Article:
If a person is deprived of support once confronted with violence or bereavement, he or she risks becoming a victim of an eating disorder.
For some people, even small changes like changing schools or apartment, sometimes, lead to the development of bulimia, according to a study at the University of Minnesota.
A group of scientists led by Jericho M. Burge interviewed people aged 17-64 who were treated for eating disorders during 20 years in average. Many respondents talked about the challenges faced when going to high school, leaving home, going to college, and missing family and friends.
For example, it was so psychologically difficult for one woman to go to college that she always felt a sense of loneliness. In the end, she simply stopped eating.
Many are accustomed to receive a daily dose of care and affection at home. Once alone with the world, not everyone is able to survive. Some are influenced by breaking up with a partner, others – by the parents’ divorce, the emergence of new people in the parents’ lives who they paid much attention to. People also do not know how to deal with the loss of a close person.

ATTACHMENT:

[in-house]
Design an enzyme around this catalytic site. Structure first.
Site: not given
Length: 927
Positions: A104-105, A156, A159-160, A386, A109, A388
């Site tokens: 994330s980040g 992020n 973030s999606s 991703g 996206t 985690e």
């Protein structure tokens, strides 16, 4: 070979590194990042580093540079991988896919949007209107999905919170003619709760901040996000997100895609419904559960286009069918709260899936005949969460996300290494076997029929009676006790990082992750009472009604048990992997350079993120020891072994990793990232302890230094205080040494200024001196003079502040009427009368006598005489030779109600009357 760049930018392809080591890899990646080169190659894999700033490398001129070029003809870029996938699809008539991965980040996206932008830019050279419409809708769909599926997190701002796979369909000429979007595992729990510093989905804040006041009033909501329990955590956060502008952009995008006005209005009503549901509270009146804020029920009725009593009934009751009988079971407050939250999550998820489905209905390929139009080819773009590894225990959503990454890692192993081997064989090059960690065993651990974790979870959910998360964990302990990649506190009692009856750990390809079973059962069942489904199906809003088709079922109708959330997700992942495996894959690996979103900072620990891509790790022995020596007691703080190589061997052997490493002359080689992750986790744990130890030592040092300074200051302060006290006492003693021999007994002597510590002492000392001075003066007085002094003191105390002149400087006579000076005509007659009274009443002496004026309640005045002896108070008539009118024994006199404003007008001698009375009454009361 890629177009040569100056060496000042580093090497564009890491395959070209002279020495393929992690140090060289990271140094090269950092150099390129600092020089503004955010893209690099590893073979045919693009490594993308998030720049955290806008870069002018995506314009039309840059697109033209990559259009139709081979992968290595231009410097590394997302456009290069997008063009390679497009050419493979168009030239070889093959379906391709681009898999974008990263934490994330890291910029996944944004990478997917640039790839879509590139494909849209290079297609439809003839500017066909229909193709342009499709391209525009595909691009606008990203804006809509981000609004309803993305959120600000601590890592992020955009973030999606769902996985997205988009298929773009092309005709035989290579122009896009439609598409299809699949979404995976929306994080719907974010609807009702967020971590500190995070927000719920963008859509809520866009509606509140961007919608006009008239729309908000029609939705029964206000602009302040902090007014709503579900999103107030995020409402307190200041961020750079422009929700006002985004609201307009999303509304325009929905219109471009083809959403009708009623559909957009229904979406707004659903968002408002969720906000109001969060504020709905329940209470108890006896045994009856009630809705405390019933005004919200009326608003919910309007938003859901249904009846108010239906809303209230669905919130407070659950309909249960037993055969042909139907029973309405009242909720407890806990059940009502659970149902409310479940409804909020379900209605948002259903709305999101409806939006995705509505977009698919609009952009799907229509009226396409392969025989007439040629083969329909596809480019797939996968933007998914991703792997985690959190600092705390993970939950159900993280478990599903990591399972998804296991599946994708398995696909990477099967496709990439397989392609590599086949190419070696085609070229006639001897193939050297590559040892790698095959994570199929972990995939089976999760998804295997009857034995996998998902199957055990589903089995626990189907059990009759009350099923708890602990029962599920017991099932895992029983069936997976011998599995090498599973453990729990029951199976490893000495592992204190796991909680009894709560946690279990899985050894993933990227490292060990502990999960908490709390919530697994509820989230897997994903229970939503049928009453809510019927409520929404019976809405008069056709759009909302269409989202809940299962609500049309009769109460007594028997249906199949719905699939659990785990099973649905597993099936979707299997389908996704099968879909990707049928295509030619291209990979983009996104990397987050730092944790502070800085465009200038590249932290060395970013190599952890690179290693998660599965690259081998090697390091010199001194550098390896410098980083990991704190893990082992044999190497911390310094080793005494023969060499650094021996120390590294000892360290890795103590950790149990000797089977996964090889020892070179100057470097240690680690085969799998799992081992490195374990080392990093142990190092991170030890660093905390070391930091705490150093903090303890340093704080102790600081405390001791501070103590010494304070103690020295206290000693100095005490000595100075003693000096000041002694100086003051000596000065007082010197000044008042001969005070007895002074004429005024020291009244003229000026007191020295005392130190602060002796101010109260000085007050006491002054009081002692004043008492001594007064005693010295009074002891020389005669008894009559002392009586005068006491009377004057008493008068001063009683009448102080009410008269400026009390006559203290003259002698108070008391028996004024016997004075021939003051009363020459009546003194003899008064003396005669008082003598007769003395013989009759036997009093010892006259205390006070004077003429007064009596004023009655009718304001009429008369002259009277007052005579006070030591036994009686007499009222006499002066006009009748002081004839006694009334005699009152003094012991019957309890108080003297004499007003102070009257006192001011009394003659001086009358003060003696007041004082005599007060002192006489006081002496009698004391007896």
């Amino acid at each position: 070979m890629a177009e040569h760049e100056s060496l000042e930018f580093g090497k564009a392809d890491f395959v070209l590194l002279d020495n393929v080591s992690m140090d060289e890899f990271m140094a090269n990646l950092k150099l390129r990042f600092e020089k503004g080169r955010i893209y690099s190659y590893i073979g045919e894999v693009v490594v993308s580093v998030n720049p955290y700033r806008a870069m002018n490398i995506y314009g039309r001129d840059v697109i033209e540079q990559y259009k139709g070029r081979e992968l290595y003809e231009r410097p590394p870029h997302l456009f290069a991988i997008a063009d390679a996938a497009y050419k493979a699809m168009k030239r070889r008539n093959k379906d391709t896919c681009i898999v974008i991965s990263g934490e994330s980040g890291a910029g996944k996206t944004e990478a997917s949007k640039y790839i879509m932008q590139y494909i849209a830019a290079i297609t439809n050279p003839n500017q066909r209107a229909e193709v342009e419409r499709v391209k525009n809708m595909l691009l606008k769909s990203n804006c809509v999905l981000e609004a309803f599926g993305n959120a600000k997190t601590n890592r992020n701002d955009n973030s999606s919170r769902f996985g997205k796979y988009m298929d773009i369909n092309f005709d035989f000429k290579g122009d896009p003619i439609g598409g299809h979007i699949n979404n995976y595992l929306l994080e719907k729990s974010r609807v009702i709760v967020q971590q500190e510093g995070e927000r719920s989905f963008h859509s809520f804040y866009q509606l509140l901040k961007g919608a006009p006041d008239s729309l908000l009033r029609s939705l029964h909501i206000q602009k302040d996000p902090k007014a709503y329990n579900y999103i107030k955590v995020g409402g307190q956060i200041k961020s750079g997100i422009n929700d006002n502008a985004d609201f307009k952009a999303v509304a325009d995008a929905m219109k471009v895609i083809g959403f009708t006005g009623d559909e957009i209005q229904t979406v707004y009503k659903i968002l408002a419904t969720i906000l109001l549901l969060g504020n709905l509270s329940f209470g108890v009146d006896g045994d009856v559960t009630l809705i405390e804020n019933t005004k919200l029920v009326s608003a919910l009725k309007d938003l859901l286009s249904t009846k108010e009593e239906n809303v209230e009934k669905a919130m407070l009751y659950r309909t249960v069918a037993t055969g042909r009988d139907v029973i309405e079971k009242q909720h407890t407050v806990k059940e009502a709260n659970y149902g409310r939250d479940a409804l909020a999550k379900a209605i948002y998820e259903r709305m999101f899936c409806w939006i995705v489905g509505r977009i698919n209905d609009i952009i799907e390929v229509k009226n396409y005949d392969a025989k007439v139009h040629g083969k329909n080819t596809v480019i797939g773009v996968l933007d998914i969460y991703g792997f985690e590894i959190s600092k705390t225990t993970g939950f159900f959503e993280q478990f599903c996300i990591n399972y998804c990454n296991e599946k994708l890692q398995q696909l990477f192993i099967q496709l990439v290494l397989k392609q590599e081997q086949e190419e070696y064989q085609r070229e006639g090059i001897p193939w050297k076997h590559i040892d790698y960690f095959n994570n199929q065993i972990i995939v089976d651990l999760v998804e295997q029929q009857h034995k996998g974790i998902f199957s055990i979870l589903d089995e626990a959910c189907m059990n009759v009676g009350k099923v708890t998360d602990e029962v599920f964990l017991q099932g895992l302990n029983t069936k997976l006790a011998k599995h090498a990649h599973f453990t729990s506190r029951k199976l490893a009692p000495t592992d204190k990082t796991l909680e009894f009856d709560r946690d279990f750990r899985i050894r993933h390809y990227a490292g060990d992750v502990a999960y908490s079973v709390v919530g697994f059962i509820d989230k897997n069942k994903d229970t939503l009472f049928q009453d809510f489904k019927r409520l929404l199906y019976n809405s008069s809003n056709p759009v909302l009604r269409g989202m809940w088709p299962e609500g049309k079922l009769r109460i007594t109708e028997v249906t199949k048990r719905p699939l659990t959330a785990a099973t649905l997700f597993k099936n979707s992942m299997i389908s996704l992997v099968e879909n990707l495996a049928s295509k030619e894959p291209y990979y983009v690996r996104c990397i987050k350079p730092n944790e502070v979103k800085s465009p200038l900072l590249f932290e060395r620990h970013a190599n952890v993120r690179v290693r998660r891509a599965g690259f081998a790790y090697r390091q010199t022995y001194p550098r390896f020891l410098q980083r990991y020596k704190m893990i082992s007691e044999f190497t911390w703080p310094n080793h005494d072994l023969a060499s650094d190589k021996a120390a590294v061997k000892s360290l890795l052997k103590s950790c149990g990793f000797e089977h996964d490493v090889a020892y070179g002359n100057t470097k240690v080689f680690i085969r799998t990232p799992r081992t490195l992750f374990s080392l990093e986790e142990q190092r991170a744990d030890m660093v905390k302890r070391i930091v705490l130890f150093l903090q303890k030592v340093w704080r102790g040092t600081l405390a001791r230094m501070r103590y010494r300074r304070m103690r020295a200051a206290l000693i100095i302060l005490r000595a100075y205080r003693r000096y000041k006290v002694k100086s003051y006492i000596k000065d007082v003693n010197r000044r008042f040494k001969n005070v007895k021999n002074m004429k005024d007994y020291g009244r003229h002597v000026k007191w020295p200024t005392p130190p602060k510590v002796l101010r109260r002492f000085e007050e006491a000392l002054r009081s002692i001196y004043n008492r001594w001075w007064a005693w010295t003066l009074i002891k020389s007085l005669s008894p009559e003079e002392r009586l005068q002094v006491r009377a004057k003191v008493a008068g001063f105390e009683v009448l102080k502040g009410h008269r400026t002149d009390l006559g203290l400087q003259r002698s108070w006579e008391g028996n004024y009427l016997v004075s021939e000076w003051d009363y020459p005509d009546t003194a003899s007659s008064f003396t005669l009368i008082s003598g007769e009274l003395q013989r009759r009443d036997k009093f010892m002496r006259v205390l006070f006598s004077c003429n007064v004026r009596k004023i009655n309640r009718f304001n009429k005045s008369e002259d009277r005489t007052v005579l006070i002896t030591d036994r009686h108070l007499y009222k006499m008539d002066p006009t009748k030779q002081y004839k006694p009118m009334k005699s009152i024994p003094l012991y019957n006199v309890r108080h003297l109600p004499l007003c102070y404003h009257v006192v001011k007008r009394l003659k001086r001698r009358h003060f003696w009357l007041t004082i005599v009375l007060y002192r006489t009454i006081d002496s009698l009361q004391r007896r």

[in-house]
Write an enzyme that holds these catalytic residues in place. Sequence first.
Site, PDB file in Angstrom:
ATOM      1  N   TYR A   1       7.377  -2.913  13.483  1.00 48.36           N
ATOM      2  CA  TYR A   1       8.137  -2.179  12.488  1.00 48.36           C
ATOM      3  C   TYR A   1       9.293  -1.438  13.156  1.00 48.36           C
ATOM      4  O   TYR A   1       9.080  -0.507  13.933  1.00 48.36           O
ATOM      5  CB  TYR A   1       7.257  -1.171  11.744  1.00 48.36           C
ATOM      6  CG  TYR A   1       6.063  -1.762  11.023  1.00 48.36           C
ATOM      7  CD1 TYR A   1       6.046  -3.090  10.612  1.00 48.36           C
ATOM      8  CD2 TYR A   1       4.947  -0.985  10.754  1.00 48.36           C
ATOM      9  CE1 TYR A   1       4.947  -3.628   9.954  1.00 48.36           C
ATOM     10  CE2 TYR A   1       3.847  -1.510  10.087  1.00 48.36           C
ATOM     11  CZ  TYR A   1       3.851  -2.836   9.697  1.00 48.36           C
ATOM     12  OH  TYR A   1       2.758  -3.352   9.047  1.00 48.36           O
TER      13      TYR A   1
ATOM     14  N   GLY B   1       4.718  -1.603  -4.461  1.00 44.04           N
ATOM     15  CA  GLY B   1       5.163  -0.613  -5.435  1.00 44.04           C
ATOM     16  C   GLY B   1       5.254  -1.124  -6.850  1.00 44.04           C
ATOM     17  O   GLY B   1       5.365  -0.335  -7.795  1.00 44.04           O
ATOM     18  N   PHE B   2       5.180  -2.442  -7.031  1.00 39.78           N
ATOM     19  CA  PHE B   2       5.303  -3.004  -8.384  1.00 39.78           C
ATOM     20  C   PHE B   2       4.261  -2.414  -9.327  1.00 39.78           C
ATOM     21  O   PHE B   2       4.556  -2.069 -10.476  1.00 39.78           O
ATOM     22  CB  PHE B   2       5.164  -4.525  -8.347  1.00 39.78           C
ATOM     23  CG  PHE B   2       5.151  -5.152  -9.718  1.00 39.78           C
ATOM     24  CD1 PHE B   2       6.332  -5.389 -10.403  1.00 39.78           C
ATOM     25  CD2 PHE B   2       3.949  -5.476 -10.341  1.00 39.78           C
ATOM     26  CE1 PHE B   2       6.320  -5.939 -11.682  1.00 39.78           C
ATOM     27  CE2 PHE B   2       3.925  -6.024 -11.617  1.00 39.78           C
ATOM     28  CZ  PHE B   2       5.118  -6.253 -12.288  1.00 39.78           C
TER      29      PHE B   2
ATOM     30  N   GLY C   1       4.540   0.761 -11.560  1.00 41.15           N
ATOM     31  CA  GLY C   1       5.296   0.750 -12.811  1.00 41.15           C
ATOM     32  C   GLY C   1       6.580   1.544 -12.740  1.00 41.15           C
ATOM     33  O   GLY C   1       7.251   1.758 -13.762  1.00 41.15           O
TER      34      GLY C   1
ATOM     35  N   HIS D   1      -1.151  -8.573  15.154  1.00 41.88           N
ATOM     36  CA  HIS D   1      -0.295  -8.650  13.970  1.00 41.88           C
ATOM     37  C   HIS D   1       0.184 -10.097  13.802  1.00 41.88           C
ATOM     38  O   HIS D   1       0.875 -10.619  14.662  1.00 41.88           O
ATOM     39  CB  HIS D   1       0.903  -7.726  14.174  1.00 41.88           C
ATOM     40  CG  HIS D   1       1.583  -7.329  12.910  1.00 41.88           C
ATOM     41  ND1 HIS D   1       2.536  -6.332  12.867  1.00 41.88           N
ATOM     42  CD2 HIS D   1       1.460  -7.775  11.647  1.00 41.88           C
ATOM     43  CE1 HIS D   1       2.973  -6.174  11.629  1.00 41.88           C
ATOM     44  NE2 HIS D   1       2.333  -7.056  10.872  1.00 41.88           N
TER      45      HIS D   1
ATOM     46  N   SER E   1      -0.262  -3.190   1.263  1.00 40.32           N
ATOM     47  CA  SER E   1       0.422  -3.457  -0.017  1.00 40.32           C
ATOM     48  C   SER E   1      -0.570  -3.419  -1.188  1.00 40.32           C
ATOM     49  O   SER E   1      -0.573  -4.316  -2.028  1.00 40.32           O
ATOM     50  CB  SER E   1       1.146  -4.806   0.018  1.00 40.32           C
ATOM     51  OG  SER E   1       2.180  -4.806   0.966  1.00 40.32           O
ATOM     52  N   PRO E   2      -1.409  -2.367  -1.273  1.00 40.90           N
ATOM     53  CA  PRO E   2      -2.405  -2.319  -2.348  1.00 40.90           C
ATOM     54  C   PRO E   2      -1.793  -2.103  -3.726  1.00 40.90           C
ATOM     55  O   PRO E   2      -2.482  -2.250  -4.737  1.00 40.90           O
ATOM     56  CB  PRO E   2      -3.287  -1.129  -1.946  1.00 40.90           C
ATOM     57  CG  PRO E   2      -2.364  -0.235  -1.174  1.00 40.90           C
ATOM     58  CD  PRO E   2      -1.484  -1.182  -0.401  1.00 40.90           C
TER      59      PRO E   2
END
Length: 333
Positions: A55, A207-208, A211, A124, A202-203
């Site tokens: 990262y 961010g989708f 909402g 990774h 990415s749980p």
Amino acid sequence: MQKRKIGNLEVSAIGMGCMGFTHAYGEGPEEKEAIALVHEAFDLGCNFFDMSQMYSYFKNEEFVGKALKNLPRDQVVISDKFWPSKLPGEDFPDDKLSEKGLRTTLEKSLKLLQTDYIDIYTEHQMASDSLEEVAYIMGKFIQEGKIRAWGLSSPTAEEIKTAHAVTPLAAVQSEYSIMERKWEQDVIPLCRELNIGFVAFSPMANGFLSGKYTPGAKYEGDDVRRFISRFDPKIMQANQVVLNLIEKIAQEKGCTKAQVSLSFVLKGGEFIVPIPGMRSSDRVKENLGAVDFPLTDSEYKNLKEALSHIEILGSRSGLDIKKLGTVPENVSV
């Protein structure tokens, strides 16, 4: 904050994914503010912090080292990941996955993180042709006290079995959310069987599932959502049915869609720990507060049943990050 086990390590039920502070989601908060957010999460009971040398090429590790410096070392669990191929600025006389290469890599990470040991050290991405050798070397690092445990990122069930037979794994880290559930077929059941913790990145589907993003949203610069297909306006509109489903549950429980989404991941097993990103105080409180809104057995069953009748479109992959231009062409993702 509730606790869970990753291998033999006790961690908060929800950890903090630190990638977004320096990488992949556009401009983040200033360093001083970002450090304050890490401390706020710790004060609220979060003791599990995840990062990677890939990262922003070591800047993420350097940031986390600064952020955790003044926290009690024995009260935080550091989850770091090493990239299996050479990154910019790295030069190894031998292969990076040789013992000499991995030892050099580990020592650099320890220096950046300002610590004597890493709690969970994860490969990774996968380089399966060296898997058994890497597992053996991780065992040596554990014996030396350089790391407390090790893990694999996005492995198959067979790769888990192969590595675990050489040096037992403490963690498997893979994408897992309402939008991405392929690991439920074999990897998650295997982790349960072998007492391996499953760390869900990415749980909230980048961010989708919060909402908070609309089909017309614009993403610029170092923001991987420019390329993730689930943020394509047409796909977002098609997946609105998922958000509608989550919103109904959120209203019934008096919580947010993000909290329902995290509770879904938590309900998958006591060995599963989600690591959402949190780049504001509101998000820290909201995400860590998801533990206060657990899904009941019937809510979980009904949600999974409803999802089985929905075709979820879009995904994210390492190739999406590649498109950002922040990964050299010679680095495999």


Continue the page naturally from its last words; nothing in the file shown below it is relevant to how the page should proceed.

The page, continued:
A patient’s sister died when she was five years old. No one talked to her about it. And she began to fill the gap with food. Another one lost her mother and found herself in a situation of complete freedom without emotional support. As a result, she just lost control, Burge says.